The government has been accused of dragging its feet over a rural-broadband funding scheme that expires on Wednesday but still has many open applications awaiting approval.
Changes to rural-broadband vouchers mean some areas will be ineligible for a new version of the scheme in April.
More than a million homes could be affected, industry sources say.
But the government says no areas “will miss out”, because they will be covered by other broadband projects.
The vouchers, worth thousands of pounds per home, cover the cost of running cables to remote towns and villages.
But as of Friday, hundreds of towns and other rural communities had applications still awaiting government approval to allow network operators to issue them.
This itself could take several days.
And some have taken community groups months of work.
James Sherwin-Smith, who, having been in touch with officials since September, finally had his application for the village of Furnace Wood, West Sussex, approved on Friday evening, said the Department for Digital, Culture, Media and Sport (DCMS) was “either inept, ill prepared, or trying to manage their budget”.
The government says most are approved within a month – but there can be a delay if information is missing or more details are required.
The new version of the scheme focuses more on the most remote “area-three” parts of the country.
But many of the outstanding applications cover “area-two” premises.
The DCMS says it has prioritised those who might miss out.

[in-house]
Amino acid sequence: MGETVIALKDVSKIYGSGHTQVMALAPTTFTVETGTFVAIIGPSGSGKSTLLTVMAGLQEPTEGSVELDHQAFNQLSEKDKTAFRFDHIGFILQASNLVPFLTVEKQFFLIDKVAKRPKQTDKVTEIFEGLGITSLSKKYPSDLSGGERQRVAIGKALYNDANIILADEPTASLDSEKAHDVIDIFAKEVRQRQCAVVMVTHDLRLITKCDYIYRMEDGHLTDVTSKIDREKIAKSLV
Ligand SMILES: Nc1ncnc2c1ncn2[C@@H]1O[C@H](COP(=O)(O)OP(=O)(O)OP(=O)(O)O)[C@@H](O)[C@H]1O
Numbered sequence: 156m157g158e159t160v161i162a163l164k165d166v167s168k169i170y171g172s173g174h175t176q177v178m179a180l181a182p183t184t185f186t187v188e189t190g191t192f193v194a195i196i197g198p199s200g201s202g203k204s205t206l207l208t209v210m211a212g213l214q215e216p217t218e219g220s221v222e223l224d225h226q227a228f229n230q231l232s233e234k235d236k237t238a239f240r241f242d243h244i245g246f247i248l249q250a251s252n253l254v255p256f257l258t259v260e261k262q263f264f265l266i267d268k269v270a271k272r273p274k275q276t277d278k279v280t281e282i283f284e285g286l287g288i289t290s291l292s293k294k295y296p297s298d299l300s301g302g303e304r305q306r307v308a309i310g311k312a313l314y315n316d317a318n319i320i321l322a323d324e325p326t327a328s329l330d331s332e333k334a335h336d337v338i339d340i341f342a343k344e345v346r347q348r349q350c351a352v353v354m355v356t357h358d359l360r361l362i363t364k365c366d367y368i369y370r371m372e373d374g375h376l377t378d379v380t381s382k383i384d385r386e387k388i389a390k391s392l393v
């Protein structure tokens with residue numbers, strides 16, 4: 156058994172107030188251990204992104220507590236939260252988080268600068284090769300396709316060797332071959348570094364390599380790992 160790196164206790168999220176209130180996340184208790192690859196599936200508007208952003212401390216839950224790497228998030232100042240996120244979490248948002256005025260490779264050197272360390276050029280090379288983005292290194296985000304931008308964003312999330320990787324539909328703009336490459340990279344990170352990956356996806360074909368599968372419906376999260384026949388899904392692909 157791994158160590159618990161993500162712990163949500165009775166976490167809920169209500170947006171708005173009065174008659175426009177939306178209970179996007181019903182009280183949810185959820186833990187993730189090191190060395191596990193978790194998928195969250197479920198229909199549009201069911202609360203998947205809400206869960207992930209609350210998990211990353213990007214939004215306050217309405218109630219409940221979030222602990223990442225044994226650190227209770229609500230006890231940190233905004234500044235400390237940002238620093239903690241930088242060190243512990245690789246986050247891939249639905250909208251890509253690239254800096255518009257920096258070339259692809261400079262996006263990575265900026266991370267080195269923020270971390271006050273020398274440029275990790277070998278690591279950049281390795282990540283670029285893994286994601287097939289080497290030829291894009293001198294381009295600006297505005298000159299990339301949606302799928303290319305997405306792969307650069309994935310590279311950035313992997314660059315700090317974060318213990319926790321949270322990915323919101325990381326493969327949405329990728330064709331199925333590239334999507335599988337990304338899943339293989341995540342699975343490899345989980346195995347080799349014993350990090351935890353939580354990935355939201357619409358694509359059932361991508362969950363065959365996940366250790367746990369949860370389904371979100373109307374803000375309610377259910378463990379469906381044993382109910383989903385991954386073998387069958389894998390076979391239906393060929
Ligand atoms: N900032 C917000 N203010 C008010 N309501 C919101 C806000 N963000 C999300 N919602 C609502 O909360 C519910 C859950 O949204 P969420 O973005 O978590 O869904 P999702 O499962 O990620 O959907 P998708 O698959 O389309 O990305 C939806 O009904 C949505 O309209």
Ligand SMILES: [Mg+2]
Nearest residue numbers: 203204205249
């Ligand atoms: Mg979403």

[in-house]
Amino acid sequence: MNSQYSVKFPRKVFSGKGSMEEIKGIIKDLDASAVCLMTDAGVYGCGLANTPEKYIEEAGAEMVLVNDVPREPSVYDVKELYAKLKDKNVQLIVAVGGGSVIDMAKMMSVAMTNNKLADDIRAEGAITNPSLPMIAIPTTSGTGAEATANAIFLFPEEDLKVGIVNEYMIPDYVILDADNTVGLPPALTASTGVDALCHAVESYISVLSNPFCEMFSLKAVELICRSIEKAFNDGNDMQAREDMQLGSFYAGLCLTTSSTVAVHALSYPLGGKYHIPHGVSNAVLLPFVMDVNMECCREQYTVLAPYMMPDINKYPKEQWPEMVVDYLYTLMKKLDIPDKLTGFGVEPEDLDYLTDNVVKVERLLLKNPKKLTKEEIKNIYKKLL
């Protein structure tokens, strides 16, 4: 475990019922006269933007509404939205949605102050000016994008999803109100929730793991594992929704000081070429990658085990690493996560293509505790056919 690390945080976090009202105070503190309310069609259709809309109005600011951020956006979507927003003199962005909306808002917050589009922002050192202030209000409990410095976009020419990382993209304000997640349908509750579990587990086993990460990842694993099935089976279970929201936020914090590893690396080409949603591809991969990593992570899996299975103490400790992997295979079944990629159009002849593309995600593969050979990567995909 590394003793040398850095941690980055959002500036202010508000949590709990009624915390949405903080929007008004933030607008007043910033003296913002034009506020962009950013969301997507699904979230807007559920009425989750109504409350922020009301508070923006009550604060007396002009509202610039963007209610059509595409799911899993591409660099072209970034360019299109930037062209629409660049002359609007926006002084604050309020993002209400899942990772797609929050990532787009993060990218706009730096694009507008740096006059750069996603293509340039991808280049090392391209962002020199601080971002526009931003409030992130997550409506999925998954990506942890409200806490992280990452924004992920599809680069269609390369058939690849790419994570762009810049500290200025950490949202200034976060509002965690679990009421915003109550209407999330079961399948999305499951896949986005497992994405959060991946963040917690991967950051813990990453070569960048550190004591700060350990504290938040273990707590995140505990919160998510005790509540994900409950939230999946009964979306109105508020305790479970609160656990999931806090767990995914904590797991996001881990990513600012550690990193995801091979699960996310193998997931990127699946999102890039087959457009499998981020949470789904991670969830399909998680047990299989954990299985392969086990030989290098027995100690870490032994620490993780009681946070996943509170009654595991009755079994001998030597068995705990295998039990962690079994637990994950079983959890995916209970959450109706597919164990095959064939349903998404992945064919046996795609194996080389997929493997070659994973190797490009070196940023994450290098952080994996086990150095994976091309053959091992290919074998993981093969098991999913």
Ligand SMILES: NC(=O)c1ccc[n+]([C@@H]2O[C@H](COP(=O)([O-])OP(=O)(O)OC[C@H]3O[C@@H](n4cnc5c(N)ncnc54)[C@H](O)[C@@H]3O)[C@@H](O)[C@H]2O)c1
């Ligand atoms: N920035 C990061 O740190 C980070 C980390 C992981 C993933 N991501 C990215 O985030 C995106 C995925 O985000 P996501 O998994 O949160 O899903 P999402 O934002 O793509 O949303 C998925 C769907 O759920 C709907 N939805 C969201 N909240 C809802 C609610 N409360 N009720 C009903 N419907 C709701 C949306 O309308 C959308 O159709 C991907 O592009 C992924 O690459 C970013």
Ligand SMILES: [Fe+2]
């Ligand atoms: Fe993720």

“These areas will not miss out on gigabit [1Gbps] broadband,” it said.
“We always seek to get the best value for taxpayers, which is why our voucher scheme is focused on areas outside those considered commercially competitive by [telecom regulator] Ofcom or already earmarked for public subsidy.
“We will honour all vouchers already issued – and areas ineligible under the new voucher scheme are due to receive connections through planned industry rollout or our record £5bn Project Gigabit scheme.”
But while, once vouchers have been issued, the 1Gbps broadband connections are typically completed within 12 months, Project Gigabit could take years.
It aims to upgrade the infrastructure in specific regions rather than town by town, starting in:
Openreach, the largest network operator and a major recipient of broadband vouchers, said: “We are very disappointed that the recent criteria changes mean hundreds of communities won’t now be eligible.
“We would urge the government to look again at the criteria, which will leave so many rural communities on the wrong side of the digital divide.”